“Whoever finishes first, we’ll call the Ironman,” said Collins.

On February 18, 1978, 15 competitors, including Collins, lined up on the shores of Waikiki to take on the first-ever IRONMAN challenge. The entry fee was only $3. Prior to racing, each received three sheets of paper listing a few rules and a course description. Hand-written on the last page was this exhortation: “Swim 2.4 miles! Bike 112 miles! Run 26.2 miles! Brag for the rest of your life!”  At the end of the day, 12 had finished with Gordon Haller, a taxi cab driver and fitness enthusiast, crossing the finish line first in 11 hours, 46 minutes and 40 seconds. Collins finished 9th with a time of 17:00:38.

The Ironman once again in 1979 attracted 15 athletes to take on the challenge. Tom Warren won in 11:15:56, and Lyn Lemaire became the first Ironwoman, fifth overall — 12:55:38. In an unexpected bit of luck, Sports Illustrated reporter Barry McDermott was on the island covering a golf tournament. Fascinated with the race, he wrote a 10-page story that garnered national attention.

IRONMAN founders John and Judy Collins give ABC’s “Wide World of Sports” permission to film the 1980 event, which brought worldwide recognition to IRONMAN. Dave Scott had his first of six victories, with a time of 9:24:33. Robin Beck is top female finisher, 12th overall time of 11:21:24. There were 95 finishers out of 108 entrants.

The annual race in Hawaii has become The Ironman World Championship, with a series of qualifying races required to enter. It was moved to October in 1982, so athletes from colder climates could train during the summer. The current Ironman World Championship men’s record was set in 2017 by Patrick Lange (Germany), whose winning time was 8 hours 1 minute 40 seconds. Daniela Ryf (Switzerland) set the women’s record in 2016 with a winning time of 8 hours 46 minutes 46 seconds. There are roughly 42 official Ironman races around the world and over 200 Half Ironman events. Not bad for a sport that has only been around 39 years.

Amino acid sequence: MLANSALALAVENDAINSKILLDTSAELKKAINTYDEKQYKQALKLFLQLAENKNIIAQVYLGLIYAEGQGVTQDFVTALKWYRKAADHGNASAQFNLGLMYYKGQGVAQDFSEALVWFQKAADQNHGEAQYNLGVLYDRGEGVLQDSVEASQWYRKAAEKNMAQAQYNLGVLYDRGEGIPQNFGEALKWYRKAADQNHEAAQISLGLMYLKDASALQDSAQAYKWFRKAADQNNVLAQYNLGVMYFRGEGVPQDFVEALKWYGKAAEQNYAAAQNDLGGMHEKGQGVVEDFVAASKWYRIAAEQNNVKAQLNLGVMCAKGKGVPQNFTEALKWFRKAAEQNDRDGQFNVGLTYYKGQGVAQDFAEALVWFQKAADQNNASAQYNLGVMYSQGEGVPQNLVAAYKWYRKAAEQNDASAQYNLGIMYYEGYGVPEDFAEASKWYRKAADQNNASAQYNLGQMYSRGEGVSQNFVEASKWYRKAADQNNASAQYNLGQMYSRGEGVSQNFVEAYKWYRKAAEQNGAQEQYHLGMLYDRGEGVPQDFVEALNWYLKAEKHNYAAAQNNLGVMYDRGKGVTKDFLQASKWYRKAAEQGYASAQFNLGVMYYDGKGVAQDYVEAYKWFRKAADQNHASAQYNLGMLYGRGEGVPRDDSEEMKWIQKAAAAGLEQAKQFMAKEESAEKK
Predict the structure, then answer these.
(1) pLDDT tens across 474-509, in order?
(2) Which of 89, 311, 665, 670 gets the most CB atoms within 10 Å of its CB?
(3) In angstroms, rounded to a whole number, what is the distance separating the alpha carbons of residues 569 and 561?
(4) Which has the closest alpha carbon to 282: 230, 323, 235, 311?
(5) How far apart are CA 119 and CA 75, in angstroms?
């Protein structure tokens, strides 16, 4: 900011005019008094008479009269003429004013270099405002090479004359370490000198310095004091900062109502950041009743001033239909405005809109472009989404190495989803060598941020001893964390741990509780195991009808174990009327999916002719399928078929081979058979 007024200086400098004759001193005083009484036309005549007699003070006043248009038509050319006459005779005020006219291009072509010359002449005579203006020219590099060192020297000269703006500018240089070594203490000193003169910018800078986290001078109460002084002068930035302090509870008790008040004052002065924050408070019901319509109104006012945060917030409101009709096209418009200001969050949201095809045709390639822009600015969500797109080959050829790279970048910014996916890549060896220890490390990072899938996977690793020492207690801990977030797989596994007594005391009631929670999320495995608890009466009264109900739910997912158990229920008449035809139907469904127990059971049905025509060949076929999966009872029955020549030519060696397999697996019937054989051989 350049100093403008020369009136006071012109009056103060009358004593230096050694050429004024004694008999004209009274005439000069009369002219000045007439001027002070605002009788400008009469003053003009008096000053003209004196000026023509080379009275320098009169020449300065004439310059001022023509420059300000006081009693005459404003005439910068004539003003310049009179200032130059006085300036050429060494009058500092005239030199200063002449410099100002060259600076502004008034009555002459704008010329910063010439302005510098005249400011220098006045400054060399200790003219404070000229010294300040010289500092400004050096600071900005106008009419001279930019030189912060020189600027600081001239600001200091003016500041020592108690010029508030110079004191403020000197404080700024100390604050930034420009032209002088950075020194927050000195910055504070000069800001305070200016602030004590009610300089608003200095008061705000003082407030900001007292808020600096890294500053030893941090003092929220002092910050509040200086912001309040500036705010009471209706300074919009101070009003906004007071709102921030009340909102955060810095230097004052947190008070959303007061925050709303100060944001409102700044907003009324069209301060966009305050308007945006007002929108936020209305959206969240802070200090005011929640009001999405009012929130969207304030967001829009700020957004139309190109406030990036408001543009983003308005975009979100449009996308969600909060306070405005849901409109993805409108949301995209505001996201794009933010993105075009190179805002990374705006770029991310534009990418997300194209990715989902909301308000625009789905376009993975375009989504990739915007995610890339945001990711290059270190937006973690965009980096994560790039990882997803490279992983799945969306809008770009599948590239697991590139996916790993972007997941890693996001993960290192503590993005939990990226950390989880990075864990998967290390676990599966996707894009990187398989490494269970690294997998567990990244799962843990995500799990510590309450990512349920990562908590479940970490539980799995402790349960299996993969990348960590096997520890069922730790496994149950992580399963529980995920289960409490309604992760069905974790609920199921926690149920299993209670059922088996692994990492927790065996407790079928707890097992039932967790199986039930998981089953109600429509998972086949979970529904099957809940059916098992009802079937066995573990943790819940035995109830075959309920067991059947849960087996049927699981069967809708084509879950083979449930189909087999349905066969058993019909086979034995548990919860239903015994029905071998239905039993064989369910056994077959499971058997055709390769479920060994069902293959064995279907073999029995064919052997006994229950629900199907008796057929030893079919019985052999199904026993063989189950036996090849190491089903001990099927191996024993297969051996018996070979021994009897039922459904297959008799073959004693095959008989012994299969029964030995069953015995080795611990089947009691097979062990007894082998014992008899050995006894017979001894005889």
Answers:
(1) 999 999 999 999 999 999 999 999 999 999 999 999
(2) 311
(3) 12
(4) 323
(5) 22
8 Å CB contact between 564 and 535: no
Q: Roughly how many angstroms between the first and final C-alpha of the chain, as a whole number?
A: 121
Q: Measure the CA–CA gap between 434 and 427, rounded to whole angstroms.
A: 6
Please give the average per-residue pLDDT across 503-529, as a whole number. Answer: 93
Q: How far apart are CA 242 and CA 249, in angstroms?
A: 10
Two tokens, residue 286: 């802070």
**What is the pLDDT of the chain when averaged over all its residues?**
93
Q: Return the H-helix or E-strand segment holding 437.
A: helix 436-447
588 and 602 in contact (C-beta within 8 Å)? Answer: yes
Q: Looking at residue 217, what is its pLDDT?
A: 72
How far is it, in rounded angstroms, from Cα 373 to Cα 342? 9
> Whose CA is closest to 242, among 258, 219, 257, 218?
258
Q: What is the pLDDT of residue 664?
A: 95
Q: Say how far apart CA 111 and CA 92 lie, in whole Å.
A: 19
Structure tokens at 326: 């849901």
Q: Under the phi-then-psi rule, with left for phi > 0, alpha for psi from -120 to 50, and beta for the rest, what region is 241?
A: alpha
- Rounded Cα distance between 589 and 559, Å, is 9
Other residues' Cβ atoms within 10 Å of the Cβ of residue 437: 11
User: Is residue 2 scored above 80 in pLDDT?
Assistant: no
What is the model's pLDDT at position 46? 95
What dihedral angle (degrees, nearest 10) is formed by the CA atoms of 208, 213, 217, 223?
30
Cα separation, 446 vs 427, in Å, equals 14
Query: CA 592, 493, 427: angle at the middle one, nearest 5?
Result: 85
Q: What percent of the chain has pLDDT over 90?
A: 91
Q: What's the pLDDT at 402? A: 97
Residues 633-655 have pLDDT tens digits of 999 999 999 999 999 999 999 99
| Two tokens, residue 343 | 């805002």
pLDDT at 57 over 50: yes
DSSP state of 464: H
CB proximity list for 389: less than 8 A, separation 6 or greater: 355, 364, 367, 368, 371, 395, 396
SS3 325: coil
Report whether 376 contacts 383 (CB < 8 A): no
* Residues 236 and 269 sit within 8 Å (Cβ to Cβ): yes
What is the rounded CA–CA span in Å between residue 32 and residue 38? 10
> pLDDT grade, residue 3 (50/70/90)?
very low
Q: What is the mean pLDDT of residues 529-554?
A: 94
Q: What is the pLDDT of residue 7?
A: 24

As it has always been, it is these athletes who continue to inspired me and believe in the impossible. In the words of William Arthur Ward,

“If you can imagine it, you can achieve it. If you can dream it, you can become it.”

Read more about the Ironman and it’s beginnings at

(This Article was published in two separate parts on January 5th and 12th by the Nickles Worth)


No comments yet...

Leave a Reply